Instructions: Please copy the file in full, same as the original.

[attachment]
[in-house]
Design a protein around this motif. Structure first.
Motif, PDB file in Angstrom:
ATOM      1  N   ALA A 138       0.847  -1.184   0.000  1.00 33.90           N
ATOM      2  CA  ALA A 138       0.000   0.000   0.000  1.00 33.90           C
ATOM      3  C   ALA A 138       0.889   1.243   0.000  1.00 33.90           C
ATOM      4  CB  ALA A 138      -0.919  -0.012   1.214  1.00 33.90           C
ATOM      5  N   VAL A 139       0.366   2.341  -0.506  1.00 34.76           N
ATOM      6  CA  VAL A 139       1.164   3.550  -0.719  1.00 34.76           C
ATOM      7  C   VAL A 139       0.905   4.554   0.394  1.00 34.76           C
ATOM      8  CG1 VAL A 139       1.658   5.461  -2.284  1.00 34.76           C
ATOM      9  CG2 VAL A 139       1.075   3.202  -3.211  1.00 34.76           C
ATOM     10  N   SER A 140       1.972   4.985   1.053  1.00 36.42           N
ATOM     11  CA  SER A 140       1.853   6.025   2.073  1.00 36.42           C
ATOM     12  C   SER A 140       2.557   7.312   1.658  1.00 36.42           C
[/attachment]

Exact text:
[in-house]
Design a protein around this motif. Structure first.
Motif, PDB file in Angstrom:
ATOM      1  N   ALA A 138       0.847  -1.184   0.000  1.00 33.90           N
ATOM      2  CA  ALA A 138       0.000   0.000   0.000  1.00 33.90           C
ATOM      3  C   ALA A 138       0.889   1.243   0.000  1.00 33.90           C
ATOM      4  CB  ALA A 138      -0.919  -0.012   1.214  1.00 33.90           C
ATOM      5  N   VAL A 139       0.366   2.341  -0.506  1.00 34.76           N
ATOM      6  CA  VAL A 139       1.164   3.550  -0.719  1.00 34.76           C
ATOM      7  C   VAL A 139       0.905   4.554   0.394  1.00 34.76           C
ATOM      8  CG1 VAL A 139       1.658   5.461  -2.284  1.00 34.76           C
ATOM      9  CG2 VAL A 139       1.075   3.202  -3.211  1.00 34.76           C
ATOM     10  N   SER A 140       1.972   4.985   1.053  1.00 36.42           N
ATOM     11  CA  SER A 140       1.853   6.025   2.073  1.00 36.42           C
ATOM     12  C   SER A 140       2.557   7.312   1.658  1.00 36.42           C